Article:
The UK law relating to penalty clauses has often been cited as an antiquated and out of date rule which has failed to move with the times.

The Supreme Court has recently considered the rules on penalty clauses in the two cases Cavendish Square Holding BV v Talal El Makdessi [2015] and ParkingEye v Bryant [2015] and introduced a test that will consider the wider commercial context of a transaction.

What is a penalty clause?

In essence, a penalty clause is a provision within a contract which imposes an excessive monetary penalty on the defaulting party. Historically, penalty clauses have been held to be unenforceable by the Court if they did not provide for a genuine pre-estimate of loss. 

Background

In the case Cavendish Square Holding BV v Talal El Makdessi, Cavendish received a controlling stake in a holding company from Makdessi and subsequently became the majority shareholder. Under the terms of the contract between the parties, Makdessi was prohibited from competing with the company. If he did, he would forfeit the right to the final two payments and could have been required to sell his remaining shares in the company.  Makdessi began to compete and when action was taken as a result of the breach, he argued that the clauses were in fact penalties and were unenforceable.

In an entirely different set of circumstances, the Supreme Court jointly considered ParkingEye v Beavis in which the Court of Appeal had previously held that a parking charge was not a penalty clause as it protected the legitimate interests of the company. ParkingEye owned and operated a car park located outside retail premises and provided free parking for a maximum period of 2 hours. However, the conditions of parking imposed a £85 payment if a vehicle overstayed this allocated time.

The Supreme Court agreed with and upheld the Court of Appeal's decision stating that "deterrence is not penal if there is a legitimate interest in influencing the conduct of the contracting party which is not satisfied by the mere right to recover damages."

What is the new test?

Under the new test, the Court will analyse whether the clause is too harsh when measured against the innocent party's interest in ensuring that the other fulfils their obligations.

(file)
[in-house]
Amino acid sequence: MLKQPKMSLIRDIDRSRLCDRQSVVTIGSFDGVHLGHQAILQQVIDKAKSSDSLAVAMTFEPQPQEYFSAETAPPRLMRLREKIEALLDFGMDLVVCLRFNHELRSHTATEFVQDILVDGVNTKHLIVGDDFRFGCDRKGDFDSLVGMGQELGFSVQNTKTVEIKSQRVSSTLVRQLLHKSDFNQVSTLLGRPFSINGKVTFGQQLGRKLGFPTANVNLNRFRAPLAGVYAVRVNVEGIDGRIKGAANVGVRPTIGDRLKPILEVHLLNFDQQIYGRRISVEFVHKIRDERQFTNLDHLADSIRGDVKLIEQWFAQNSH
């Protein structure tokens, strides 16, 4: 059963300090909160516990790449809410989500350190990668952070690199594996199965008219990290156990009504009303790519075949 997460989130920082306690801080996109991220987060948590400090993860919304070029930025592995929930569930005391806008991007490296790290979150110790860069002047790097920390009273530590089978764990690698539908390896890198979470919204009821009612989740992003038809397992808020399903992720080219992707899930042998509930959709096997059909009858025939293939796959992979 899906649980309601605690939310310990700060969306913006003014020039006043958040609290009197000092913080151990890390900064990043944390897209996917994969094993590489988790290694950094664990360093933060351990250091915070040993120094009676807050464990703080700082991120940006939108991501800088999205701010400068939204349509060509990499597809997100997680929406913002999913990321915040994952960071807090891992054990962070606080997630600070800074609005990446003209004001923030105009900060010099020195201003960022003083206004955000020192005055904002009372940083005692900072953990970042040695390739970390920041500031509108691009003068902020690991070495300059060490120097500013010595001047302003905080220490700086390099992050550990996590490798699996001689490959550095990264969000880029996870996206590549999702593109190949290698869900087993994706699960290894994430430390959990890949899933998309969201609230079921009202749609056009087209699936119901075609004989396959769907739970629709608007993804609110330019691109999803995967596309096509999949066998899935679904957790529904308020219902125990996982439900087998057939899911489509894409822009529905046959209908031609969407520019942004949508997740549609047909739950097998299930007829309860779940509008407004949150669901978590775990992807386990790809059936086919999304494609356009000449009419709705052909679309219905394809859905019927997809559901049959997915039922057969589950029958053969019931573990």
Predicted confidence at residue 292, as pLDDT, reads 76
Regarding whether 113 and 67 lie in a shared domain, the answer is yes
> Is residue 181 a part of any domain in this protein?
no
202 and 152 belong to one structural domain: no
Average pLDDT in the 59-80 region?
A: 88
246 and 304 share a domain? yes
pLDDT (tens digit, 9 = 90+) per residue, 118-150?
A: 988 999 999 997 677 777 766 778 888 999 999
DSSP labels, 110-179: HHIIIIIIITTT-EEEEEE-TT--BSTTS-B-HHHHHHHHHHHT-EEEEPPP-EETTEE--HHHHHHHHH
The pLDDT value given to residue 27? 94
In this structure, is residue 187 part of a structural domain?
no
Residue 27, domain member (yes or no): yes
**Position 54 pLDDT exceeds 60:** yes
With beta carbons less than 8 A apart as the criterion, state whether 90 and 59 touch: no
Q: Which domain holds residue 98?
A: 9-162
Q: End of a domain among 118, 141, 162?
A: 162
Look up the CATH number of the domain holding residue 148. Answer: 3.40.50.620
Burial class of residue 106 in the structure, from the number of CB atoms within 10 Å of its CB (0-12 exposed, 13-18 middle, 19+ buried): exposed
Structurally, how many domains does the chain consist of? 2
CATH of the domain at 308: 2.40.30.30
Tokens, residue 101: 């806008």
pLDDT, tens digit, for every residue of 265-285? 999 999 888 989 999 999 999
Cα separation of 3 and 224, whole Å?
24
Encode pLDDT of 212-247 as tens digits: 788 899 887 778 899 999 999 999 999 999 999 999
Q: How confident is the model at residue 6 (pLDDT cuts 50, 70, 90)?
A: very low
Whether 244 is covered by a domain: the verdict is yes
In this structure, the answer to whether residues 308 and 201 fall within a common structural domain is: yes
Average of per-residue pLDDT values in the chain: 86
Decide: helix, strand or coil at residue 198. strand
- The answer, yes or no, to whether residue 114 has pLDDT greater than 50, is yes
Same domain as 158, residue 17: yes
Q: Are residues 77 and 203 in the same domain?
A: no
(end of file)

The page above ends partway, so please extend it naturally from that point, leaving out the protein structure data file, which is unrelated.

There are three limbs to analyse whether a clause is enforceable:-

1. Does the innocent party have a legitimate interest in enforcing the clause? 

This test requires an analysis of the innocent party's legitimate business (or wider) interests. 

In ParkingEye v Beavis the Court held that the company had a legitimate interest in enforcing the £85 charge on customers who overstayed their allocated time in the car park. This interest was to encourage trade by ensuring the continuous movement of vehicles and to enable ParkingEye to generate a profit to maintain the commercial viability of the business. The charge was also similar to what other operators were charging in the region.

2. Does the clause have an adverse impact that exceeds the innocent party's legitimate interest?

This limb of the test is quite subjective, however, normally it will be measured against the greatest loss imaginable. The clause should not be "exorbitant or unconscionable" when applied against the interest being protected.

3. Is the clause a primary provision of the contract? 

The Court suggested that a clause will only be considered to be a penalty clause, if it is a secondary contractual provision. Although a point of caution - a recent late change to the judgment casts some doubt on the exclusion of all primary provisions.

Key Questions

Key questions to ask yourself in relation to any potential penalty clauses include: 

  • Are you seeking to protect your client relationships or safeguard confidential information and trade secrets?
  • What will be the impact in the event of a breach and are the consequences of such a breach served and protected by the clause?
  • Does the clause go further than necessary to protect the company's legitimate interests? 

Conclusion

The new test is a welcome change to the law on penalty clauses and it appears that the previous test of a 'genuine pre-estimate of loss' is no longer relevant.

This is good news for businesses as the Courts will now consider the wider commercial context of a transaction and have emphasised their reluctance to get involved where the parties are of equal bargaining power and have entered into a contract on the basis of sound legal advice.

However, the test is still not straightforward and there may be more litigation on the horizon in relation to the interpretation of the new test.